Lucas’ buddy, Francis For Coppola, produced it under his American Zoetrope banner. It was co-written by legendary sound designer Walter Murch, who also did some great sound design for the film. It’s actually a pretty good movie, albeit odd and stark, in a Kubrick kind of way. But decent enough, considering the restraints it was made under and the era it was made.
You certainly can’t complain about the cast, led by the excellent Robert Duvall and Donald Pleasance. And hey, it even opens with a brief, vintage Buck Rogers preview (showing Lucas’ interest in the material, which he attempted to get rights to, but failed, resulting in it being adapted into Star Wars). Not a great film, but certainly an interesting and groundbreaking movie for its time. One wonders what Lucas’ career and filmography would have been like without Star Wars.
February 24: Used Cars (1980)
Today’s viewing from the series is 1980’s Used Cars. It comes with an upfront warning, as it’s very R-rated – gleefully so. If you’re easily (or not-so-easily) offended, probably best to steer clear. It’s an intentionally insane movie populated with loveably despicable protagonists, led wonderfully by the great Kurt Russell.
It’s the second movie directed by the great Robert Zemeckis, which he co-wrote with writing partner Bob Gale (the duo that would go on to do Back To The Future together). One of the highlights is the legendary Jack Warden doing a hilariously over-the-top dual role performance.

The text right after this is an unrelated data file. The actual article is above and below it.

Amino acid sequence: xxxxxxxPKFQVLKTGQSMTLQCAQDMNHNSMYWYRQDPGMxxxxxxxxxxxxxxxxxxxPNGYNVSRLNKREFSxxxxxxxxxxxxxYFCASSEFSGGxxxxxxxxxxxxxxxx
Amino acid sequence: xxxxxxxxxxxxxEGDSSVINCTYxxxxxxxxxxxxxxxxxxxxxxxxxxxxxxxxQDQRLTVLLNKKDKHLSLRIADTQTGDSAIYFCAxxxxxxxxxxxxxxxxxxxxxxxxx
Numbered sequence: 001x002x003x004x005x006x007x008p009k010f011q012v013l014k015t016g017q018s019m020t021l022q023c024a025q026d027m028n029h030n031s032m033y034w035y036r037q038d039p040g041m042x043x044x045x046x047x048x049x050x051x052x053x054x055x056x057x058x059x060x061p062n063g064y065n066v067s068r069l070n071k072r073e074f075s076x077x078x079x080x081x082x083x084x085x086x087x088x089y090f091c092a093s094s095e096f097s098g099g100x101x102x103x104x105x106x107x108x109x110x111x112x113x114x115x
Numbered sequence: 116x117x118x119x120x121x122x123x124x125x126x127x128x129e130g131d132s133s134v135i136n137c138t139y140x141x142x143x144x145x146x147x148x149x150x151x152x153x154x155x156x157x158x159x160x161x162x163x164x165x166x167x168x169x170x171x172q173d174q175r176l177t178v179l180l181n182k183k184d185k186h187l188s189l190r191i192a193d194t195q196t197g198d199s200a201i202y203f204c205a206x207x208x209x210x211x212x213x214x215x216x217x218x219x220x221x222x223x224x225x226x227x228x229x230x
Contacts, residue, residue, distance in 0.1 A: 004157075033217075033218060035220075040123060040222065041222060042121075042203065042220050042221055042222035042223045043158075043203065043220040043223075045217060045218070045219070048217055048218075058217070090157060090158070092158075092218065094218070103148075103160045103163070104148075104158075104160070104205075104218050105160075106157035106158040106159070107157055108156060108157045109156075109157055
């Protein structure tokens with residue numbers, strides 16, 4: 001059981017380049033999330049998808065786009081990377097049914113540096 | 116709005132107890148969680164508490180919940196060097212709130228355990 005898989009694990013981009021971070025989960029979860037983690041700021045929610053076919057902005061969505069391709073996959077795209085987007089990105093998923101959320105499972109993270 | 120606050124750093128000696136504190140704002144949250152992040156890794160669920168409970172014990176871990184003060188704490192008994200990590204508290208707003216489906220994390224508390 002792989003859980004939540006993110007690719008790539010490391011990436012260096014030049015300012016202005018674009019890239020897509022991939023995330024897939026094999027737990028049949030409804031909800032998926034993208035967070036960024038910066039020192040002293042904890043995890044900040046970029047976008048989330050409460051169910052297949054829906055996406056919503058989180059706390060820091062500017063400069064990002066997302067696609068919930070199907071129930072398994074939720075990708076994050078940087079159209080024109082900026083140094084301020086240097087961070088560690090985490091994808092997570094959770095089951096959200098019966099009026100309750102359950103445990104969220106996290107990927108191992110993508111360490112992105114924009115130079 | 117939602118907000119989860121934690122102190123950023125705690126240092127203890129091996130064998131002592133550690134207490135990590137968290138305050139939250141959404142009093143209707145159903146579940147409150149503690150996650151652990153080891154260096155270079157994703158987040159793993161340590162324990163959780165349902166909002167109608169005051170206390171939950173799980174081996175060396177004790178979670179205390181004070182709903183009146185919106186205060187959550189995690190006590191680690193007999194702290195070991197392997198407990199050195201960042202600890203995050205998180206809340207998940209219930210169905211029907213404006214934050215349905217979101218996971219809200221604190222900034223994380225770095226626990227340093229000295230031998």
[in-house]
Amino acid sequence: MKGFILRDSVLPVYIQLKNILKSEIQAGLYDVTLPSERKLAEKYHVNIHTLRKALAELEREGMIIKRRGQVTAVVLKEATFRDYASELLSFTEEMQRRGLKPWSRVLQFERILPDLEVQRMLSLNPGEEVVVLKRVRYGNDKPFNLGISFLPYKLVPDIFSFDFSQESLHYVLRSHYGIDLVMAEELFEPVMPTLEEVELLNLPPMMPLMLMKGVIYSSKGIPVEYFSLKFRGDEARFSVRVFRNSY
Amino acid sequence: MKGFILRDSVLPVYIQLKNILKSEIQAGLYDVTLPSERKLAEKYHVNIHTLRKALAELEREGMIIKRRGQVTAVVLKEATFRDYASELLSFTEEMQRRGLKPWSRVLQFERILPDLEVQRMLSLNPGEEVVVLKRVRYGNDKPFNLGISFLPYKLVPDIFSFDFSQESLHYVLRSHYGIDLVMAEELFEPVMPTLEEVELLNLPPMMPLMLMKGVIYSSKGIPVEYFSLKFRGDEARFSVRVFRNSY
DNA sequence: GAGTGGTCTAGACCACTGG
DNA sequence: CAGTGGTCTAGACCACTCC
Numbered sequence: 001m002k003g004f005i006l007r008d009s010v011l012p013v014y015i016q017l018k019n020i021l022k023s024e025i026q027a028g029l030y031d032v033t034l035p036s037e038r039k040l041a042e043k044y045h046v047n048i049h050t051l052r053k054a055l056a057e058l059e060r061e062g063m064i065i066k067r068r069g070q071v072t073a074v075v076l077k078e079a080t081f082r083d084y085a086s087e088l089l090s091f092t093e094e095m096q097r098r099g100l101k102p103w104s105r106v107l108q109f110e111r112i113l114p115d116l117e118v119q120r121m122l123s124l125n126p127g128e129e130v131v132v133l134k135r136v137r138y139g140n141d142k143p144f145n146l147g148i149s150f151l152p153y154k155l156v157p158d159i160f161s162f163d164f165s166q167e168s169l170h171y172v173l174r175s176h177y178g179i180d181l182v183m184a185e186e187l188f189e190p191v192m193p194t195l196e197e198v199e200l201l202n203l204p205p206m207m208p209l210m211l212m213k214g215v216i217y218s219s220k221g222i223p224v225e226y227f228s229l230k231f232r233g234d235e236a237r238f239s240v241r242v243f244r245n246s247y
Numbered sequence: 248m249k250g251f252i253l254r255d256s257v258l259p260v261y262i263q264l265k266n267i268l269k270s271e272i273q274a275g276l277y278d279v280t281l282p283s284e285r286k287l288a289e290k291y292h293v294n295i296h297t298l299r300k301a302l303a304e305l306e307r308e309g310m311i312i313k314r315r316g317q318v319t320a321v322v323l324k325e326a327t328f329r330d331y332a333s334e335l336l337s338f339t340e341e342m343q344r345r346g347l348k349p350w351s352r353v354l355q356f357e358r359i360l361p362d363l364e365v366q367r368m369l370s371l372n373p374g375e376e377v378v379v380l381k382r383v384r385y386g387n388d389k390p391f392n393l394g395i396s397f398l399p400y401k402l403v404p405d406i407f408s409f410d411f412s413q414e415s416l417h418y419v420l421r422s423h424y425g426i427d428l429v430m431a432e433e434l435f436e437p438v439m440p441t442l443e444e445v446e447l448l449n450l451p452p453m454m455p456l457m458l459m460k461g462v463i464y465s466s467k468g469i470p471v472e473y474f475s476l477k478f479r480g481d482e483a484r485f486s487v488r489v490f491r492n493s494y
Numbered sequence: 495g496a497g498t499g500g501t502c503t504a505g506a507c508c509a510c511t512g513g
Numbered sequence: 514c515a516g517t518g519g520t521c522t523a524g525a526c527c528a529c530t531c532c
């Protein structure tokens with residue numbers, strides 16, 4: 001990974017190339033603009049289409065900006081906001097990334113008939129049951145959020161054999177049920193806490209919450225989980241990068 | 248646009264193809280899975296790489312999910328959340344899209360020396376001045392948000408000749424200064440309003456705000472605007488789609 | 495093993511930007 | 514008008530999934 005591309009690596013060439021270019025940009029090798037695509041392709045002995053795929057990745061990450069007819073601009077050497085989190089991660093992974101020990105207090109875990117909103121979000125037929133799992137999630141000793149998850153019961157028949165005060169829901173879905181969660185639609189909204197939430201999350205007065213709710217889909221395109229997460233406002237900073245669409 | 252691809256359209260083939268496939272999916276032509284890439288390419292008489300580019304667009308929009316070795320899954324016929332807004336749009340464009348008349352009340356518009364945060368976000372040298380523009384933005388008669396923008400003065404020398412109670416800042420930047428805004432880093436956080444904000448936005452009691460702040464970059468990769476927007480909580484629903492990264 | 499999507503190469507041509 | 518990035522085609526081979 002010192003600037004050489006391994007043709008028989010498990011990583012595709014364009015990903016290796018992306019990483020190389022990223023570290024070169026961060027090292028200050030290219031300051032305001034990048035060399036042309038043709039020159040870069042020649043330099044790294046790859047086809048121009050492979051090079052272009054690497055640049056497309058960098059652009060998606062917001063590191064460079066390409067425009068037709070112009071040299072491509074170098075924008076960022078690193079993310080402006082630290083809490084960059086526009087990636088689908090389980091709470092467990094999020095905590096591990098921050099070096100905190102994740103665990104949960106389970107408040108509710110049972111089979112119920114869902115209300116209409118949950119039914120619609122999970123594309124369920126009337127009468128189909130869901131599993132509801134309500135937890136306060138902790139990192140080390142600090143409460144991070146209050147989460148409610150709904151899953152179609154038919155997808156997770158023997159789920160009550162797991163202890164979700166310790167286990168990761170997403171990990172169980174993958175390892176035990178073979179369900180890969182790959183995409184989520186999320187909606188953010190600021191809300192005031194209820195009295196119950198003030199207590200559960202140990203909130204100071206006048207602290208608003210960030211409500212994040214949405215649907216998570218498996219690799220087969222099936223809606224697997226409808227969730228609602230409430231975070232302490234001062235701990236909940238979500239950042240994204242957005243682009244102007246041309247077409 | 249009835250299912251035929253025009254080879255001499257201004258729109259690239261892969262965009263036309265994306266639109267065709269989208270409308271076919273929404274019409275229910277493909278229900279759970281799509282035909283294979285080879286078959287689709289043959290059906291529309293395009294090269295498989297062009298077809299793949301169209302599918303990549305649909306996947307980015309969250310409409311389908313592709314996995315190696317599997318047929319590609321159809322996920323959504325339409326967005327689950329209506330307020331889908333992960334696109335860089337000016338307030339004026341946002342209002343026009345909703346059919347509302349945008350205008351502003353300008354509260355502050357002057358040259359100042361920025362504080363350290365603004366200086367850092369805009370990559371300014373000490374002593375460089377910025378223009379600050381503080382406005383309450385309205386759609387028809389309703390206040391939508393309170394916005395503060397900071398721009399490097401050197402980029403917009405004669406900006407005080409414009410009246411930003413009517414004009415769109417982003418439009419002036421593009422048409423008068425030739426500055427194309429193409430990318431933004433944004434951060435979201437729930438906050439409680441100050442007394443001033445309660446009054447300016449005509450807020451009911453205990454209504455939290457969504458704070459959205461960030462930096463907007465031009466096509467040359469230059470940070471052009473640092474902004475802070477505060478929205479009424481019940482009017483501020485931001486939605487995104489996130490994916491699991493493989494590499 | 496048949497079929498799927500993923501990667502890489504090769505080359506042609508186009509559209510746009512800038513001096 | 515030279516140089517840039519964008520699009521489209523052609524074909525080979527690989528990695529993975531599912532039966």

It’s a wild and crazy lowbrow character comedy. Unfortunately, it didn’t do too well at the box office, surely thanks to the fact that Columbia Pictures had the hairbrained notion of opening it the week after Airplane!
February 16: Bat*21 (1988)
For this entry, I’m featuring the 1988 Vietnam action/drama, Bat 21. It’s definitely one of the lesser known Vietnam movies. It features a pilot played by Danny Glover who is working for days to guide an intelligence officer, played by Gene Hackman, to his rescue. It’s based on a true story, with the main changes for the movie being the combination of a few pilots into the role Glover plays.
Bat 21 is a well produced movie that tells a compelling story and features an excellent cast, led primarily by Hackman & Glover. It has solid cinematography, great location shooting and an excellent score from Christopher Young.
February 6: Gremlins 2: The New Batch (1990)
Today’s viewing is easily one of the most underappreciated sequels in movie history, 1990’s Gremlins 2: The New Batch. While I enjoy the original movie, I’m one of the few who considers the sequel to be the superior movie. The director of both movies, Joe Dante, is another that agrees.
It’s one of those sequels that raises the stakes and ups the scale of everything. It features gag after gag, and it goes that extra mile to really make the fun and humor work. The cast is lots of fun, with John Glover doing a wonderful job with wealthy developer Daniel Clamp, a mash-up of Ted Turner and he-who-shall-not-be-named. Christopher Lee is great as the scientist who gets the mayhem ball rolling again. And the rest of the returning cast from the first film is plenty of fun.
Add in tons of ambitious production moments and composer Jerry Goldsmith taking his wildly fun score from the first film and kicking it up a notch to one of his career best, and you’ve got a real winner of a sequel. And hey, Goldsmith goes from an on-screen background cameo in the first film to a speaking part cameo in this sequel.
January 31: The Illusionist (2006)
Today’s selection is 2006’s excellent, stylistic thriller, The Illusionist. As occasionally happens in Hollywood, there were 2 similarly themed movies released in 2006 featuring late 19th century magicians. One was Christopher Nolan’s The Prestige and the other was The Illusionist. As big a fan as I am of Nolan, The Prestige is one of his films of which I’m not a huge fan. It’s OK, but not great. I am, however, a big fan of The Illusionist.